13. 13. DEPRESSION <ul><li>Depression is a serious illness. Health professionals use the words depression, depressive illness or clinical depression to refer to it. It is very different from the common experience of feeling miserable or fed up for a short period of time. </li></ul><ul><li>Depression is quite common, and about 15% of people will have a bout of severe depression at some point in their lives. </li></ul><ul><li> </li></ul>
  14. 14. SYMPTOMS <ul><li>Psychological symptoms: </li></ul><ul><li>continuous low mood or sadness, </li></ul><ul><li>feelings of hopelessness and helplessness,  </li></ul><ul><li>low self-esteem,  </li></ul><ul><li>tearfulness, </li></ul><ul><li>feelings of guilt, </li></ul><ul><li>feeling irritable and intolerant of others,  </li></ul><ul><li>lack of motivation and little interest in things, </li></ul><ul><li>difficulty making decisions, </li></ul><ul><li>lack of enjoyment, </li></ul><ul><li>suicidal thoughts or thoughts of harming someone else, </li></ul><ul><li>feeling anxious or worried, and  </li></ul><ul><li>reduced sex drive. </li></ul><ul><li> </li></ul>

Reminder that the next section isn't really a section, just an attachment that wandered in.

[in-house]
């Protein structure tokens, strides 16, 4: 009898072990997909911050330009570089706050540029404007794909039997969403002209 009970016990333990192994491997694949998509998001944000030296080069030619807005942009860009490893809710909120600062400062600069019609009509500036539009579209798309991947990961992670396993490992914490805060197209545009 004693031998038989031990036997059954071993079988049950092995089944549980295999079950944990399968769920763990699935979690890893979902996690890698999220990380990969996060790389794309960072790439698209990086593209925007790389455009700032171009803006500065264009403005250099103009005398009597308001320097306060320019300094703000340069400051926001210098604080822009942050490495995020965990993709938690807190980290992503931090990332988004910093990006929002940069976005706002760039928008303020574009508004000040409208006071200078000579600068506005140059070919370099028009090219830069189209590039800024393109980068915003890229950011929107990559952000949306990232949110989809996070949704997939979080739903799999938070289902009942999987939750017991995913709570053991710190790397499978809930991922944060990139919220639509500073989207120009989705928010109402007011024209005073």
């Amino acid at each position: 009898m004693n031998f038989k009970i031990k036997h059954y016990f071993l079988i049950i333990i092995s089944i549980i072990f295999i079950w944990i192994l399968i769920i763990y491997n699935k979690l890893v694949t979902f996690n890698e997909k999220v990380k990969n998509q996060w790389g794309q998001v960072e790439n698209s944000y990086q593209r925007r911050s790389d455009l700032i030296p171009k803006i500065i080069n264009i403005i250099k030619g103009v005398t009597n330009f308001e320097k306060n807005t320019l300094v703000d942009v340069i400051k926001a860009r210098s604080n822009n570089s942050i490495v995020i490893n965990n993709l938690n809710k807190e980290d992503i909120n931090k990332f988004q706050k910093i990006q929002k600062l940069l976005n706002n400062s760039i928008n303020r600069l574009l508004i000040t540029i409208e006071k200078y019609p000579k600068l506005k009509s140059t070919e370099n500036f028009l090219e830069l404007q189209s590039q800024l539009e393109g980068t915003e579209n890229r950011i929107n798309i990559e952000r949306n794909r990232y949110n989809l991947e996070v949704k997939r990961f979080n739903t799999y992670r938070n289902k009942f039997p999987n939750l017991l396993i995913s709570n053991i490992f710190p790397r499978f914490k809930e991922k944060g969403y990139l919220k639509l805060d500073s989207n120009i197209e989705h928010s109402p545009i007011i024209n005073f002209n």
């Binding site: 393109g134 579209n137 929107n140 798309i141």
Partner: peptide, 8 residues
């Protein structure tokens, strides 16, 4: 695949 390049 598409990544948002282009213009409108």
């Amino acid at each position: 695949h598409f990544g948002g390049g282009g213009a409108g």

15. 15. <ul><li>Physical symptoms: </li></ul><ul><li>slowed movement or speech, </li></ul><ul><li>change in appetite or weight (usually decreased, but sometimes increased),  </li></ul><ul><li>constipation, </li></ul><ul><li>unexplained aches and pains, </li></ul><ul><li>lack of energy or lack of interest in sex, </li></ul><ul><li>changes to the menstrual cycle, and </li></ul><ul><li>disturbed sleep patterns (for example, problems going to sleep or waking in the early hours of the morning). </li></ul><ul><li> </li></ul>